Sports Rules as Common Pool Resources: A Better Way to Respond to Doping
Economic Analysis & Policy, Vol. 39 No. 3, December 2009
4 Pages Posted: 13 Nov 2017
Date Written: September 2009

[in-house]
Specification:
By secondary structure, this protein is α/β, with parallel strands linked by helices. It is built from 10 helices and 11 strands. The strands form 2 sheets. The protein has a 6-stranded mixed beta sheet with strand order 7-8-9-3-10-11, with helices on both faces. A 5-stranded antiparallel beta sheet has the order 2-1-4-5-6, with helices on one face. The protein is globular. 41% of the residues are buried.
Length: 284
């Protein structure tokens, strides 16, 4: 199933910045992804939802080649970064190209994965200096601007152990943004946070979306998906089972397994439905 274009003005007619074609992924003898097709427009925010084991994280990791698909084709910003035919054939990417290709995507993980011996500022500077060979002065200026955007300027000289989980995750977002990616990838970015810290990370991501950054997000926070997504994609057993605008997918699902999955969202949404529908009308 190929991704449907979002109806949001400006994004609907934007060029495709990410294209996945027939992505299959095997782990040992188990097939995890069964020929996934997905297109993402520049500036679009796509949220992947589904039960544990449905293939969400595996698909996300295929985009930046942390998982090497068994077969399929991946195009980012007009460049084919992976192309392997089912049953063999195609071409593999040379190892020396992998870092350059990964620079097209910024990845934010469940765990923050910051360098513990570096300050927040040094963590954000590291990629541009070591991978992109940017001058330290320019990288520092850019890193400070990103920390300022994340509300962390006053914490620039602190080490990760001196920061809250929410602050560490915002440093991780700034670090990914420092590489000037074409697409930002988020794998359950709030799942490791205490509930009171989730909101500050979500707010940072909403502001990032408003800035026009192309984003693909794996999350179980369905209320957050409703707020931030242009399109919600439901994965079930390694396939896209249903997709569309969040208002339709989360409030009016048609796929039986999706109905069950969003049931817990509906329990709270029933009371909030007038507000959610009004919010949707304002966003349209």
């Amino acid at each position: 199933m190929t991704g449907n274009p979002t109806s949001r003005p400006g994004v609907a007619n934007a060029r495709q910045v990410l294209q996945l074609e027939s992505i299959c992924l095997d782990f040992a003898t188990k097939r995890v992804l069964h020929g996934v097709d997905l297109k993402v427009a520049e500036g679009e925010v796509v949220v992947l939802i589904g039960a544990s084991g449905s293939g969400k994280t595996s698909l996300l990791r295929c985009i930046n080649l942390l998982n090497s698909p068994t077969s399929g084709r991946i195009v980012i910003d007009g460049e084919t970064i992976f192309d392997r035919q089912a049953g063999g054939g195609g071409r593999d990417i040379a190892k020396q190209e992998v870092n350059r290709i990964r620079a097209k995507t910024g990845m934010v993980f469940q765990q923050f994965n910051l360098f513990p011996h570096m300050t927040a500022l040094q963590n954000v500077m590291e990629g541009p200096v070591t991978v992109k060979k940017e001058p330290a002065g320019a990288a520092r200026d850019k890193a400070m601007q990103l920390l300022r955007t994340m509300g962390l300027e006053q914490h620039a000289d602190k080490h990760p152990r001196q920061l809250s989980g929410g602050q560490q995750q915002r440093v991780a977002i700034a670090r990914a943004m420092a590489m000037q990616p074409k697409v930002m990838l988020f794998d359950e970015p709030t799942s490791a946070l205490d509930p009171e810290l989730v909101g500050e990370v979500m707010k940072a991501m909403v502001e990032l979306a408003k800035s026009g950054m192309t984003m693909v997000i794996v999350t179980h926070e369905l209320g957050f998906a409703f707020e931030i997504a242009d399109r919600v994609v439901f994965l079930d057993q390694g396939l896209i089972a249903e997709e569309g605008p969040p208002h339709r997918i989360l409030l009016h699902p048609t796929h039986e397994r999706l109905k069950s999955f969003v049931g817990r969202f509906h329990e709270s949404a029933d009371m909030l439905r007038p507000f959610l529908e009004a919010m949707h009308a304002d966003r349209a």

In sports, as in all other fields of human life, there are written rules and then there are unwritten rules. An example of the former in soccer is the offside rule: a pass only is legal if at least two defenders are between a pass-receiver and the goal when the pass is made. An example of the latter is what might be called the “Injury Truce”: if team A has an injured player and kicks out of bounds in order to stop play for medical treatment, after the time out team B kicks out of bounds itself to return possession to team A. Players who violate either rule face negative consequences, the only difference being whether the consequence is enforced by the referee or not. For the offside rule, the referee grants a free kick for the other team. For the injury truce, violation leads to rough play on the field and stigma off the field within the crowd of spectators. Both consequences are negative and both cause the rule to be followed. Athletes are humans, and their personal incentives are not described entirely by the formal rules in a game. Informal rules matter. Sports rules are also a response to the common property resource (CPR) problem posed by any game: The game is more fun (and economically more valuable to players and spectators alike) if it is played according to certain rules.
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